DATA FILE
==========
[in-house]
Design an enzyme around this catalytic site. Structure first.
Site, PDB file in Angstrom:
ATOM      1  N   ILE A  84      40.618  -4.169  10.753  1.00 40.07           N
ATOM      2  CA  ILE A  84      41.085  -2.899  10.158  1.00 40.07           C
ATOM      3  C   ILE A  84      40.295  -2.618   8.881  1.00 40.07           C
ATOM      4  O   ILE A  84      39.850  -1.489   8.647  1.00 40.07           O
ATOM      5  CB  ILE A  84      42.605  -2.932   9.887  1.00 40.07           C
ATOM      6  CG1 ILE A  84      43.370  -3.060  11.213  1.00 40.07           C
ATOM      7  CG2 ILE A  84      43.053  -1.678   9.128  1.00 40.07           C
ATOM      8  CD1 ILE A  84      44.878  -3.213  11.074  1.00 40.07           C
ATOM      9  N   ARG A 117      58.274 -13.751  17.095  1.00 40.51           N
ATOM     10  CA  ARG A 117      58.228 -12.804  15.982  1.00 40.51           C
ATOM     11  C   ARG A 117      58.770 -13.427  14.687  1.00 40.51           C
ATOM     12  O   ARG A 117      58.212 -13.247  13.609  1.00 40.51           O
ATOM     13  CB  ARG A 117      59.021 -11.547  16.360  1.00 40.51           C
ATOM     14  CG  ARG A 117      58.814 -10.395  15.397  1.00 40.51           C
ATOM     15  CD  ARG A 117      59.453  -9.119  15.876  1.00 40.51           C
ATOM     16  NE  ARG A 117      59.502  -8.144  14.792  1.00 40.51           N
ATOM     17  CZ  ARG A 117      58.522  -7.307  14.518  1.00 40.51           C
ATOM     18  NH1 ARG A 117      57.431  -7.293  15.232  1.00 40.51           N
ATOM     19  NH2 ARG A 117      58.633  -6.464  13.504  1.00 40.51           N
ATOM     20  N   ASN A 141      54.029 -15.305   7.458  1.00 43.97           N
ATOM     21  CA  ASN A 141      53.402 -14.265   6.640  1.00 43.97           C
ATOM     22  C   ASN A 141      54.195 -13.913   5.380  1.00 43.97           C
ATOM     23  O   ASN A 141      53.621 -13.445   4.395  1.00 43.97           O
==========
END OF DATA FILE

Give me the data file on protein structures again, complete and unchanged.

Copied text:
[in-house]
Design an enzyme around this catalytic site. Structure first.
Site, PDB file in Angstrom:
ATOM      1  N   ILE A  84      40.618  -4.169  10.753  1.00 40.07           N
ATOM      2  CA  ILE A  84      41.085  -2.899  10.158  1.00 40.07           C
ATOM      3  C   ILE A  84      40.295  -2.618   8.881  1.00 40.07           C
ATOM      4  O   ILE A  84      39.850  -1.489   8.647  1.00 40.07           O
ATOM      5  CB  ILE A  84      42.605  -2.932   9.887  1.00 40.07           C
ATOM      6  CG1 ILE A  84      43.370  -3.060  11.213  1.00 40.07           C
ATOM      7  CG2 ILE A  84      43.053  -1.678   9.128  1.00 40.07           C
ATOM      8  CD1 ILE A  84      44.878  -3.213  11.074  1.00 40.07           C
ATOM      9  N   ARG A 117      58.274 -13.751  17.095  1.00 40.51           N
ATOM     10  CA  ARG A 117      58.228 -12.804  15.982  1.00 40.51           C
ATOM     11  C   ARG A 117      58.770 -13.427  14.687  1.00 40.51           C
ATOM     12  O   ARG A 117      58.212 -13.247  13.609  1.00 40.51           O
ATOM     13  CB  ARG A 117      59.021 -11.547  16.360  1.00 40.51           C
ATOM     14  CG  ARG A 117      58.814 -10.395  15.397  1.00 40.51           C
ATOM     15  CD  ARG A 117      59.453  -9.119  15.876  1.00 40.51           C
ATOM     16  NE  ARG A 117      59.502  -8.144  14.792  1.00 40.51           N
ATOM     17  CZ  ARG A 117      58.522  -7.307  14.518  1.00 40.51           C
ATOM     18  NH1 ARG A 117      57.431  -7.293  15.232  1.00 40.51           N
ATOM     19  NH2 ARG A 117      58.633  -6.464  13.504  1.00 40.51           N
ATOM     20  N   ASN A 141      54.029 -15.305   7.458  1.00 43.97           N
ATOM     21  CA  ASN A 141      53.402 -14.265   6.640  1.00 43.97           C
ATOM     22  C   ASN A 141      54.195 -13.913   5.380  1.00 43.97           C
ATOM     23  O   ASN A 141      53.621 -13.445   4.395  1.00 43.97           O